Saturday, December 24, 2011


The temperature simply would not make up its mind. Not quite freezing and yet warm enough to be a threat. The rain fell relentlessly and the water seemed heavy. Like it wanted to freeze and couldn’t quite get there. Hovering at the freezing level like it was made Yussel think about what the degree was actually. He kept thinking that 273˚ seemed right but that never showed up on the sign at the bank across the street. All it would show was 0˚ or 33˚. That confused him just as it did in science class in school. He never could make sense of a lot that the teacher told him, but he remembered some things. He wished he learned more before the state school told him he had to get out because he was too old. They did not like having to feed him once he got big.

Pushing the shopping cart up under the bridge Yussel looked at the girl riding in it. Ekanta looked into the kind eyes of the man who pushed the cart and smiled. She looked at her swollen belly and wondered how that had happened. She did not understand the word “pregnant” that the doctor at the clinic had used. She did not remember doing anything that would cause her to be so fat. There was a movement inside her that sometimes hurt and sometimes felt good…in a special way.

It was all a mystery to her. How she got here under this bridge, and why her father had not come to get her. All she remembered was getting off the large boat and getting lost in the crowd. That was months ago and she could not figure out why anyone would want to come to this awful country. Home was not that bad and she knew people there. Everyone spoke the same language, not like this Amer-a-ka. No one could understand her and the big man she met under the bridge was nice most of the time but he seemed a little bit, well, confused. Oh, Papa! Please come and get me!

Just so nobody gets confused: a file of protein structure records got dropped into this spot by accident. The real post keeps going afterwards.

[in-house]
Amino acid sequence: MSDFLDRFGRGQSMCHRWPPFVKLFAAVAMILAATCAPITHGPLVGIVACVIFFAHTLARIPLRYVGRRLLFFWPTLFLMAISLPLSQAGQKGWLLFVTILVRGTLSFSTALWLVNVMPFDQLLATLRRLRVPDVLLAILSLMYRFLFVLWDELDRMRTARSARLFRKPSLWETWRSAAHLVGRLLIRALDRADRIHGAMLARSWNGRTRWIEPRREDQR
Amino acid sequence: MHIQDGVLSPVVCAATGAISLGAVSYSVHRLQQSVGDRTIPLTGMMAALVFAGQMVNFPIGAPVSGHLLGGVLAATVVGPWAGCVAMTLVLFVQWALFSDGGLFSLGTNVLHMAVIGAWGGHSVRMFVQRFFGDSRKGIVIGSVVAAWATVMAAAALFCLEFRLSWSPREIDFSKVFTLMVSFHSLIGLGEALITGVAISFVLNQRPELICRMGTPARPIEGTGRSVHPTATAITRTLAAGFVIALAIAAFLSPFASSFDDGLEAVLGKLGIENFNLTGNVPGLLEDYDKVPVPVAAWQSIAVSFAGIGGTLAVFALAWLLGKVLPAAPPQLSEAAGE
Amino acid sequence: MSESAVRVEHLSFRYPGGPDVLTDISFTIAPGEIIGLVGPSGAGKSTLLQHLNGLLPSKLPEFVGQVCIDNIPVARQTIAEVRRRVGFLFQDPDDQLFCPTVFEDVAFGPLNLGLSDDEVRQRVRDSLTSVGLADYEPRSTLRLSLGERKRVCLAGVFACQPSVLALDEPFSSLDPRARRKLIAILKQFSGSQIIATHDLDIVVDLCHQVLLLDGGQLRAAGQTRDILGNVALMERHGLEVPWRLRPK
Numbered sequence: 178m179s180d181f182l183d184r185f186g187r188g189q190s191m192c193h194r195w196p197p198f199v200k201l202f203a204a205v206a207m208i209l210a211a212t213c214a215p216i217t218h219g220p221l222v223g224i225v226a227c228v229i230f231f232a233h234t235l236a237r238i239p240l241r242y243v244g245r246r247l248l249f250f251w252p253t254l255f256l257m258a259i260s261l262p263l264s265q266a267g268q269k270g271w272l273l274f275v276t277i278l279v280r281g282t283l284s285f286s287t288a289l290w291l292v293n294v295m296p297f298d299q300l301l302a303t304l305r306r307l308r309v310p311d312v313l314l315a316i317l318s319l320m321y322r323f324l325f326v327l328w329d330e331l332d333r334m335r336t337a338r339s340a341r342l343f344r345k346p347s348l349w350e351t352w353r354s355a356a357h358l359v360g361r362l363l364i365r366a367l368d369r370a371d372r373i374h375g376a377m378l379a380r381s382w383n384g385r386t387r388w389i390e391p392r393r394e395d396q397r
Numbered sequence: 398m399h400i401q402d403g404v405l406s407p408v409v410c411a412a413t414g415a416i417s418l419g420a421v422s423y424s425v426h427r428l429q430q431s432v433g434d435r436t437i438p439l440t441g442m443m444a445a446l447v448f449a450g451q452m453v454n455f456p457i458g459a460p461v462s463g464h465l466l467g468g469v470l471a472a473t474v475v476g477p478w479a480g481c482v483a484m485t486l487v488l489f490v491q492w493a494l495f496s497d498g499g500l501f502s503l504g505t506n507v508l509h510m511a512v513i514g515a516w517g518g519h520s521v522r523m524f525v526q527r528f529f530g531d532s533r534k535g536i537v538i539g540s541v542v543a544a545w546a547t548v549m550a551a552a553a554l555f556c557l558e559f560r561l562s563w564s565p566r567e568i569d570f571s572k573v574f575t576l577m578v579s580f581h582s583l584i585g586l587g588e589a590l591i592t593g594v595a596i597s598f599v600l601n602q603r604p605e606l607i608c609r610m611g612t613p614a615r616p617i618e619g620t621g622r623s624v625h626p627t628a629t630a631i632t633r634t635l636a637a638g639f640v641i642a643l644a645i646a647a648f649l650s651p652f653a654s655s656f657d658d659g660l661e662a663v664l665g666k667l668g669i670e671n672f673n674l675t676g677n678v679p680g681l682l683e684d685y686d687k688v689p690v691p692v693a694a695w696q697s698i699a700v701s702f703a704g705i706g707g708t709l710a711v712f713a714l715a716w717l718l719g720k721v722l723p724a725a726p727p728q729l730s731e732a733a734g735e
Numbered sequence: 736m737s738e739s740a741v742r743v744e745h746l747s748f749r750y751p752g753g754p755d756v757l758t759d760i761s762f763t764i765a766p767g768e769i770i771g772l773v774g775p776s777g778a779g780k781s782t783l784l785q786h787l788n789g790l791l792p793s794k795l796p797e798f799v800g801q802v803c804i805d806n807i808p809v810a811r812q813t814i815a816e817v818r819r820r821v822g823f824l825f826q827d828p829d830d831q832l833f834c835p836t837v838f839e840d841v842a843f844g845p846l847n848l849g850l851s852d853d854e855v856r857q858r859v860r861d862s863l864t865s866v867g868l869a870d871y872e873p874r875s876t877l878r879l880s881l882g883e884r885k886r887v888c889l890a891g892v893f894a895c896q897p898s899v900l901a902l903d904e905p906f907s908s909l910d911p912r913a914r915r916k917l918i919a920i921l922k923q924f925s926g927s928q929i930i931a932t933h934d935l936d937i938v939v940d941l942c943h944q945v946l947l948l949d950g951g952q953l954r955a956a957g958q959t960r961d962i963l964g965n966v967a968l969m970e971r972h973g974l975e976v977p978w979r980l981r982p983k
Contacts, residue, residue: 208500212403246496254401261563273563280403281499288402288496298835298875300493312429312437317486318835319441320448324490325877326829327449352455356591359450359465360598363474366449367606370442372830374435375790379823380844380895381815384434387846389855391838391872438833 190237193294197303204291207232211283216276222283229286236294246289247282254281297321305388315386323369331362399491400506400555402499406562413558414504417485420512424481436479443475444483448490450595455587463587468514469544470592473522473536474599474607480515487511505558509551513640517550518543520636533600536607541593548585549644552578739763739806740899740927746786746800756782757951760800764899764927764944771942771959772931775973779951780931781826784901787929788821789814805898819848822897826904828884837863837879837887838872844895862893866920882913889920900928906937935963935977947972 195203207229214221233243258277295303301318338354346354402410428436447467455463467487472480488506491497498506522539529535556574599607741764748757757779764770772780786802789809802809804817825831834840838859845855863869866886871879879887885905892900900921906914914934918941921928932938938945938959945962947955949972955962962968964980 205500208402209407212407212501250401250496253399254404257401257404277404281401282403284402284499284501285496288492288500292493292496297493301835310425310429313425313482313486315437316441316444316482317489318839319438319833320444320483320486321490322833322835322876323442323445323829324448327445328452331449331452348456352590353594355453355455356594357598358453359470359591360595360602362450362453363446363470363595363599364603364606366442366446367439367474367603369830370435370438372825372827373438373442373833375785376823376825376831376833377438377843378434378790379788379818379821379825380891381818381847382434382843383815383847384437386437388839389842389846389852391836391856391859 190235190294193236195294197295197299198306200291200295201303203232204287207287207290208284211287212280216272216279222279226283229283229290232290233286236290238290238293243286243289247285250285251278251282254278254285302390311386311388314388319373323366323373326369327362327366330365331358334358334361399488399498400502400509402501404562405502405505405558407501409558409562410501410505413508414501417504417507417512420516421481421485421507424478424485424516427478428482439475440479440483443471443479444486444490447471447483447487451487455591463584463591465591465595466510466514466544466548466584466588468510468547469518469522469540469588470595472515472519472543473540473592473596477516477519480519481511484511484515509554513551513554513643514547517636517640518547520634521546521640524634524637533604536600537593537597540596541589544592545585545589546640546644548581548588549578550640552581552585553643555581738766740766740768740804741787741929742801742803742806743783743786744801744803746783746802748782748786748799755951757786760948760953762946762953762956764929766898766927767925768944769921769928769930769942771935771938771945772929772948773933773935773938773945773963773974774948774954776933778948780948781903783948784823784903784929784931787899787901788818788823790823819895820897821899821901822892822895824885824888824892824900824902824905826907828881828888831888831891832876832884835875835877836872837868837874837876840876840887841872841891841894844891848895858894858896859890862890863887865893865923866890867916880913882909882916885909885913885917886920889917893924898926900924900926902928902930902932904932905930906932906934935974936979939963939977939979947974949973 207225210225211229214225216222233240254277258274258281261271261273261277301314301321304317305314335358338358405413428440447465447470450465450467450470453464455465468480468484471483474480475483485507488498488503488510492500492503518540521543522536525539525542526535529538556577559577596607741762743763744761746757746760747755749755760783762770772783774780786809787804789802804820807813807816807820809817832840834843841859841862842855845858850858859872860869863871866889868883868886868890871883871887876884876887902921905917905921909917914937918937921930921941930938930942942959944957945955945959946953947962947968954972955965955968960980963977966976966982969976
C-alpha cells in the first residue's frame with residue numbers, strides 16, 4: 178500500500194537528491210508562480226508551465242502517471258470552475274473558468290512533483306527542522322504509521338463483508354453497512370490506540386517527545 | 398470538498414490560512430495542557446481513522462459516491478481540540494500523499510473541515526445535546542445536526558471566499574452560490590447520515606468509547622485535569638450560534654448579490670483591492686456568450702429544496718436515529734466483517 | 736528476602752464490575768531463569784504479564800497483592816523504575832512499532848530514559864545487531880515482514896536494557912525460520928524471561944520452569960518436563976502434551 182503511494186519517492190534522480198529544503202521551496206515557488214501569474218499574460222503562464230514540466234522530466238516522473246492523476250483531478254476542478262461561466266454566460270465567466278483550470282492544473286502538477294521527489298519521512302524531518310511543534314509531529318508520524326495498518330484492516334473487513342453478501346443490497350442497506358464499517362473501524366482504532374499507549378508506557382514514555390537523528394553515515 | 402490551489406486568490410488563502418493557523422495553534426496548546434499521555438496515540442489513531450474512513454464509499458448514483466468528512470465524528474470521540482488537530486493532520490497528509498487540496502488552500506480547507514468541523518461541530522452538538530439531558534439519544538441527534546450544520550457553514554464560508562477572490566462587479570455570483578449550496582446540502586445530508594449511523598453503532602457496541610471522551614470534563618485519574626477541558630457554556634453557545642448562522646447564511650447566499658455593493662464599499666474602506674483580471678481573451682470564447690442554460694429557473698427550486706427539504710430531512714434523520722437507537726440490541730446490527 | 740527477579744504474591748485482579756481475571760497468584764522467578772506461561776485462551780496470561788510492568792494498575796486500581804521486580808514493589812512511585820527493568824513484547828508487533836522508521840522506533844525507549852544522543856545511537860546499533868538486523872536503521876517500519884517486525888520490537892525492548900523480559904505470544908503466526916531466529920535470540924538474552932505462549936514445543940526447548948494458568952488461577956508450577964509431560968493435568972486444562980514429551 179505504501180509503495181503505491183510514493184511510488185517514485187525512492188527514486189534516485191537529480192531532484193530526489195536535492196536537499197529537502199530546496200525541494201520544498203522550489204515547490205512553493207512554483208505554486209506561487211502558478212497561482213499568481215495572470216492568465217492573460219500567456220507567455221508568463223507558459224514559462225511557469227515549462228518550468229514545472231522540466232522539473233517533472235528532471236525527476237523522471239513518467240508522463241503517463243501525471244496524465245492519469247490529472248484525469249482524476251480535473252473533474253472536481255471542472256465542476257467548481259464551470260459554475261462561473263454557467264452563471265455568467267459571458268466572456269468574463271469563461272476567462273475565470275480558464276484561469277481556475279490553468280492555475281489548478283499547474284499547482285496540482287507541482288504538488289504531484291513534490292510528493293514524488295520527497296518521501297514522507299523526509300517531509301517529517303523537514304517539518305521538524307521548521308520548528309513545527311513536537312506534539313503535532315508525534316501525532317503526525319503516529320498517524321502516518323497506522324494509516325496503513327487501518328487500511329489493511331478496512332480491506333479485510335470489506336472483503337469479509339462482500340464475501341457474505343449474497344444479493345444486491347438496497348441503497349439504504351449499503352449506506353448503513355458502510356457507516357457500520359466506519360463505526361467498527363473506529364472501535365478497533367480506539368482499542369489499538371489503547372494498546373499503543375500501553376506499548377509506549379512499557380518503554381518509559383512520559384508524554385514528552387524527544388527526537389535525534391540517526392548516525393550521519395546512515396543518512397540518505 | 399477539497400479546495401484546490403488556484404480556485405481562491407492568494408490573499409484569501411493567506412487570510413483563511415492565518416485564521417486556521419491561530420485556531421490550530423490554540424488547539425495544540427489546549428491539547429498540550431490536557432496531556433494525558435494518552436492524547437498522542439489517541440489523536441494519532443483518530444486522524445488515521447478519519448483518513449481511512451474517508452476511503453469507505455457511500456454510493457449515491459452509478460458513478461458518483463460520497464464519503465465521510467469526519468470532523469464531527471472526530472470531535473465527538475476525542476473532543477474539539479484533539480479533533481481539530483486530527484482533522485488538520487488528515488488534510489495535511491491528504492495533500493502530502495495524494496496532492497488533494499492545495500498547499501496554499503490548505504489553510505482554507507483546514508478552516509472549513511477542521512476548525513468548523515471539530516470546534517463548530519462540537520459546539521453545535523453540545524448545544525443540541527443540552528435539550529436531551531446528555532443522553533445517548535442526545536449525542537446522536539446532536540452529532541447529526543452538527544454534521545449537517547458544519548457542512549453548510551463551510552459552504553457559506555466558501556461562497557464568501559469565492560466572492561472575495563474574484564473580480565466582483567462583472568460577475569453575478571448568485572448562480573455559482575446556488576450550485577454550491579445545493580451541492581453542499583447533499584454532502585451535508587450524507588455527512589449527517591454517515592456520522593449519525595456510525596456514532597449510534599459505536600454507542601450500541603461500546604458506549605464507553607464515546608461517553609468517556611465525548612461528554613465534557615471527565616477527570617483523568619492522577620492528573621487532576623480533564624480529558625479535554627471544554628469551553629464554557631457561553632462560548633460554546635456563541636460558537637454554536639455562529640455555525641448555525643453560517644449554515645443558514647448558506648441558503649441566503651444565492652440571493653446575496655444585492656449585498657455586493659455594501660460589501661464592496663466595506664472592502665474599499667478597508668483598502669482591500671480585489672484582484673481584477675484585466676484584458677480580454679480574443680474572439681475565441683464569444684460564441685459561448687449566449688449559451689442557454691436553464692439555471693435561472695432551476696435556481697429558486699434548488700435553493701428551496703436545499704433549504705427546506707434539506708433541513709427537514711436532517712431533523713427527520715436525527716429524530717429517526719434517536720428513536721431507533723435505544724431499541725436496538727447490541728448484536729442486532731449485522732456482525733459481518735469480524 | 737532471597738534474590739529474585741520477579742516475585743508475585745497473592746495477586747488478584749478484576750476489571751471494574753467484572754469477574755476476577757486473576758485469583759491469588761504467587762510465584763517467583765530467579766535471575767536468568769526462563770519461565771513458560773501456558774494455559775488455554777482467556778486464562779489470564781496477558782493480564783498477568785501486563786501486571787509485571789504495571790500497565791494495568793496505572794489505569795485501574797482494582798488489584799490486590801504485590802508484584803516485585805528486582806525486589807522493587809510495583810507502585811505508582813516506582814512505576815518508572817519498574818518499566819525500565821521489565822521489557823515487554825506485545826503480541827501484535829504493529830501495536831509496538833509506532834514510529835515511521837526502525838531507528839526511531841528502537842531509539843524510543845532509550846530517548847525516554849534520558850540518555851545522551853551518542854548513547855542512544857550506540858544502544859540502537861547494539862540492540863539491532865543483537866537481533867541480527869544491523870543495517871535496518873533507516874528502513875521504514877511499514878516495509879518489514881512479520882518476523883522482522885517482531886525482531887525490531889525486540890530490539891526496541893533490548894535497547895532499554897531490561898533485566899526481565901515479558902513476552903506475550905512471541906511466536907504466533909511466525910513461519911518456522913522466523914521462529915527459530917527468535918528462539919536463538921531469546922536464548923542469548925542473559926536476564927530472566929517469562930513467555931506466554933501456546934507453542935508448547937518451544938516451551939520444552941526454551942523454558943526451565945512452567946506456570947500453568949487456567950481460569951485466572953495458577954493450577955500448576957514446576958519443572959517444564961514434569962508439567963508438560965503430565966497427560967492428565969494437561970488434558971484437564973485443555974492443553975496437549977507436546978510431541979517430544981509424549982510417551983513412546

Under the bridge was dry, and with the barrel of burning scrap wood going, it almost seemed warm. There were a whole crowd of animals that had found their way to the campsite. Yussel had a liking for small animals. Dogs and cats mostly, but a few birds and some rabbits made up the biggest part of the crowd. A man pulled up in a van the other night and let about a dozen monkeys and hamsters loose. Every day he would share some of the food he had scrounged for them with the animals and the herd seemed to behave according to the way the big man directed. They circled the cart when it came under the bridge and playfully ran around the big man and jumped in the air to catch the treats he threw. In his scrounging that day he had found a large bag of dried dog food, and several boxes of animal treats. Everyone would get a good meal that night.

They had been staying at the mission about a mile away since the weather had gotten cold, but the last four nights they did not make it there in time to get beds. The colder the weather the more people showed up to get out of it. All they could get the last four days was a couple of blankets and some soup in a cup. Fortunately, there were different people handing out blankets so they had gathered enough to beat back some of the cold.